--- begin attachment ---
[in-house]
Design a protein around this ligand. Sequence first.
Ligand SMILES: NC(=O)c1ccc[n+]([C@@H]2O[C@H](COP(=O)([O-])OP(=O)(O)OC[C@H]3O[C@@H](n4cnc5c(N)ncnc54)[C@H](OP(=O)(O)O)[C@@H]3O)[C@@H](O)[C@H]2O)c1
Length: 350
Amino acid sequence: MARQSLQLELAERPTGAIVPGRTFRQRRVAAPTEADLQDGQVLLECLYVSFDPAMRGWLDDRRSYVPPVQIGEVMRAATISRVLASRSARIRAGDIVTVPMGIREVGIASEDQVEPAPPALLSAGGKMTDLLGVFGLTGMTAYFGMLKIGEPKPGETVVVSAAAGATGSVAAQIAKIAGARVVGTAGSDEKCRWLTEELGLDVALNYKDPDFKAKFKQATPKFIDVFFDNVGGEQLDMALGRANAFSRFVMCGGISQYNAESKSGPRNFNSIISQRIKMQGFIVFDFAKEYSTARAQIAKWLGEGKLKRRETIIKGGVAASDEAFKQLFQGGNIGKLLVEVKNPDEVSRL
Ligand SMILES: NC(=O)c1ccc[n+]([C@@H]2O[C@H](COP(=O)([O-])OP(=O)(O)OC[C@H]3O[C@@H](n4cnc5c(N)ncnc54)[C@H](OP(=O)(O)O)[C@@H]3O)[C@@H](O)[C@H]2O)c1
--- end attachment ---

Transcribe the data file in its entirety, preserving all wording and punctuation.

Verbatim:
[in-house]
Design a protein around this ligand. Sequence first.
Ligand SMILES: NC(=O)c1ccc[n+]([C@@H]2O[C@H](COP(=O)([O-])OP(=O)(O)OC[C@H]3O[C@@H](n4cnc5c(N)ncnc54)[C@H](OP(=O)(O)O)[C@@H]3O)[C@@H](O)[C@H]2O)c1
Length: 350
Amino acid sequence: MARQSLQLELAERPTGAIVPGRTFRQRRVAAPTEADLQDGQVLLECLYVSFDPAMRGWLDDRRSYVPPVQIGEVMRAATISRVLASRSARIRAGDIVTVPMGIREVGIASEDQVEPAPPALLSAGGKMTDLLGVFGLTGMTAYFGMLKIGEPKPGETVVVSAAAGATGSVAAQIAKIAGARVVGTAGSDEKCRWLTEELGLDVALNYKDPDFKAKFKQATPKFIDVFFDNVGGEQLDMALGRANAFSRFVMCGGISQYNAESKSGPRNFNSIISQRIKMQGFIVFDFAKEYSTARAQIAKWLGEGKLKRRETIIKGGVAASDEAFKQLFQGGNIGKLLVEVKNPDEVSRL
Ligand SMILES: NC(=O)c1ccc[n+]([C@@H]2O[C@H](COP(=O)([O-])OP(=O)(O)OC[C@H]3O[C@@H](n4cnc5c(N)ncnc54)[C@H](OP(=O)(O)O)[C@@H]3O)[C@@H](O)[C@H]2O)c1